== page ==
A comprehensive List of HTTP Status Lines
Nowadays, browsers mostly use HTTP/1.1. So, typically, the first portion of the status line does not change.
However, the other two elements, i.e., the status code and the reason phrase depend on the request.
The below list demonstrates the values of the numeric status codes defined for HTTP/1.1 and their respective reason-phrases.
It is not mandatory to use only the below-mentioned phrase; you can change the text or replace it with other sentences.
|100||Continue||Everything is going well, and the client can continue with the request or ignore it if it is already complete.|
|101||Switching Protocols||The Server is ready to change protocols as per the demand of the client.|
|200||OK||It is the standard response for successful requests.|
|201||Created||The request to create a new resource is complete.|
|202||Accepted||The server accepts the request, but it needs to complete the processing.|
|204||No Content||The server successfully processed the request and is not returning any content.|
|205||Reset Content||The client has to set the view of the document again.|
|206||Partial Content||The server is going to transmit only part of the resource as the client sent a range header.|
|300||Multiple Choices||Multiple options for the resource is present from which the client can choose.|
|301||Moved Permanently||The requested page has shifted to a new URL.|
|302||Found||The requested page has moved temporarily to a new URL.|
|303||See Other||The resource can be found at another URL using the GET method.|
|304||Not Modified||The server successfully processed the request and is not returning any content.|
|305||Use Proxy||The client must access the requested URL through the proxy mentioned in the Location header.|
|400||Bad Request||Wrong syntax or invalid formatting in the request.|
|401||Unauthorized||The user needs to enter valid credentials, i.e., username and password.|
|403||Forbidden||The request was valid, but the server will not respond to it due to a permission issue.|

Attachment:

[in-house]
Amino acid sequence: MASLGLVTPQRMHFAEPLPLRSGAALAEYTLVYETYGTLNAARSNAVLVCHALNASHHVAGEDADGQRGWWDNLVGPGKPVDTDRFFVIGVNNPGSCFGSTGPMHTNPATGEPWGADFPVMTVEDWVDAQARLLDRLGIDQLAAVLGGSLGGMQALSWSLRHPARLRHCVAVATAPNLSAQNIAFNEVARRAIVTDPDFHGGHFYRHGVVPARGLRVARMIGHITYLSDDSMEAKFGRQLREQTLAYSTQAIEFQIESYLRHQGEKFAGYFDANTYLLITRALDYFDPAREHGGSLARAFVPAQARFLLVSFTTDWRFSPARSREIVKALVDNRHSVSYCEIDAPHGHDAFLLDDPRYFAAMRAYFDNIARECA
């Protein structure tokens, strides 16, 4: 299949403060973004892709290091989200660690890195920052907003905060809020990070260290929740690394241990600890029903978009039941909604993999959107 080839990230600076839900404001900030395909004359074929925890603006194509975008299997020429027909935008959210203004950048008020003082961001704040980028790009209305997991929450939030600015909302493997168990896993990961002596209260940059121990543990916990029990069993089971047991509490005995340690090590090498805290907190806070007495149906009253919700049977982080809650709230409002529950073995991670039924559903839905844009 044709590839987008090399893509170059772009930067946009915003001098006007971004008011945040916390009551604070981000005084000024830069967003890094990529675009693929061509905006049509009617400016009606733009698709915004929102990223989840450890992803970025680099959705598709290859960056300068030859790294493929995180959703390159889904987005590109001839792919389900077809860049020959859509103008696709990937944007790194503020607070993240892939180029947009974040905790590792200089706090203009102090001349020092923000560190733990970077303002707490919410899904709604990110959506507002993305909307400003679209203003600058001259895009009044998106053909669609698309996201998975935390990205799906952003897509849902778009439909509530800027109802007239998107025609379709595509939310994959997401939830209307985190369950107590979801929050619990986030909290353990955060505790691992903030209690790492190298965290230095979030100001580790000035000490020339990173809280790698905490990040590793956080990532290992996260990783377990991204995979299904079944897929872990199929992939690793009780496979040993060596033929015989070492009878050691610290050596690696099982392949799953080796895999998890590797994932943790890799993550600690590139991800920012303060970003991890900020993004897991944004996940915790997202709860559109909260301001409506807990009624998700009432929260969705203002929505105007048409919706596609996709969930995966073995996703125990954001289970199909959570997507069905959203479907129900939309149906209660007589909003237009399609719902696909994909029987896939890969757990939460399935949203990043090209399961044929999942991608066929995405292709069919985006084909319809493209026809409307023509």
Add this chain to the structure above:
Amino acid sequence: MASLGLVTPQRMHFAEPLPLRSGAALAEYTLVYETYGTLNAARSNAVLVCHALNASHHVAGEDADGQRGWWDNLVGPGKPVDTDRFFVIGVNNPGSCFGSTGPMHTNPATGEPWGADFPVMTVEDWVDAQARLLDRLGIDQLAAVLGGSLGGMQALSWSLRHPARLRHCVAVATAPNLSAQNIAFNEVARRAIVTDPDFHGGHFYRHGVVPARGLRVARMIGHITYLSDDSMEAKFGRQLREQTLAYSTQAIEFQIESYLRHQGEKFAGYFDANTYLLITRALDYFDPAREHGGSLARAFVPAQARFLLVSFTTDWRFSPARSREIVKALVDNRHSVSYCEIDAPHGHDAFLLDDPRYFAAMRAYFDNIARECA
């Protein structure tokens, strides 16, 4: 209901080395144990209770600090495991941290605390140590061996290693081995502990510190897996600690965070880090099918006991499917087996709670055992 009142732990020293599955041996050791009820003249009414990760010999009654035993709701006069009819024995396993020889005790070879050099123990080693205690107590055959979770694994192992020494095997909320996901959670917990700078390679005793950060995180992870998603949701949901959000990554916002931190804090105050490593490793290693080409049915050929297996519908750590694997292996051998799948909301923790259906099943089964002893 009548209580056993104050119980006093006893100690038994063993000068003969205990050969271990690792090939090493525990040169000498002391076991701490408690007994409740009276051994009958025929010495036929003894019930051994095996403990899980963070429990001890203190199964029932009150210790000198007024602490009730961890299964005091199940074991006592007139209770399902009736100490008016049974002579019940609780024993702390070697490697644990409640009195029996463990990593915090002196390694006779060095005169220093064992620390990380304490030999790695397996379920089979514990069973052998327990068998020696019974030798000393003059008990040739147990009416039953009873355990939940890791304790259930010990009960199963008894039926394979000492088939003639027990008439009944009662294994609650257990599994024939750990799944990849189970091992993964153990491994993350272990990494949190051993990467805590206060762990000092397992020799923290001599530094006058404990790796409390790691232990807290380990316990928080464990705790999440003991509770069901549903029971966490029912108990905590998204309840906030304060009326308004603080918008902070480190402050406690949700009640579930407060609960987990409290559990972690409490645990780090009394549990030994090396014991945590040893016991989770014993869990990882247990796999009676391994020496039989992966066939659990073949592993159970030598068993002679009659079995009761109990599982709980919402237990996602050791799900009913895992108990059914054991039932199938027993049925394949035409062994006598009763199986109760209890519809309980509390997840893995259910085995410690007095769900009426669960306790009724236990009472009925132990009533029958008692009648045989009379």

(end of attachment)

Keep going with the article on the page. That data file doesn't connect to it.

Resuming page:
|404||Not Found||The resource is not available on the server.|
|405||Method Not Allowed||The request method is not appropriate to the resource.|
|407||Proxy Authentication Required||Similar to 401, but the proxy server must return a Proxy-Authenticate header.|
|408||Request Time-out||The client was unable to send the request in time.|
|409||Conflict||The server cannot process the request due to a conflict in the current state of the resource.|
|410||Gone||The resource is no longer available and will not be available again.|
|411||Length Required||The request did not specify the length of its content.|
|412||Precondition Failed||Some precondition specified in the request headers was false.|
|413||Request Entity Too Large||The requested document is more extensive than the server wants to handle now.|
|414||Request URI Too Long||The URI is too long.|
|415||Unsupported Media Type||The request is in an unknown format.|
|416||Requested Range Not Satisfiable||Client included an unsatisfiable Range header in the request.|
|417||Expectation Failed||The server is unable to fulfill the requirements of the Expect request-header field.|
|500||Internal Server error||Generic Server error|
|501||Not Implemented||The server doesn’t support functionality to fulfill the request.|
|502||Bad Gateway||It indicates that the original server got an inadequate response from the remote server.|
|503||Service Unavailable||The server cannot respond due to maintenance or overloading.|
|504||Gateway Timeout||It indicates that the server didn’t get a response from the remote server in time.|
|505||HTTP Version Not Supported||The server doesn’t support version of HTTP indicated in request line.|
How is HTTP Status Line different from HTTP Status Codes?
Most users and administrators acknowledge HTTP status lines as merely HTTP status codes. However, it is technically incorrect.
Status Code is just an element of the Status line. For instance, 500 is the status code for internal server error. But the Status line for the same will be
HTTP/1.1 500 Internal server error
The Response message includes Status Line, and the Status Line consists of the Status code.
As a casual website visitor, it might be difficult for you to understand the complexity of the requests and responses happening between your browser and a server far away.
If there is a glitch on your side, you can always eradicate it. But sometimes the problem occurs on the server side. In that case, the status line can help you in knowing what exactly the problem is without scratching your head much.
Also, applications that understand HTTP status codes don’t have to know all of the codes and their meanings. However, these HTTP applications do have to know the categories or classes to which a particular code belongs.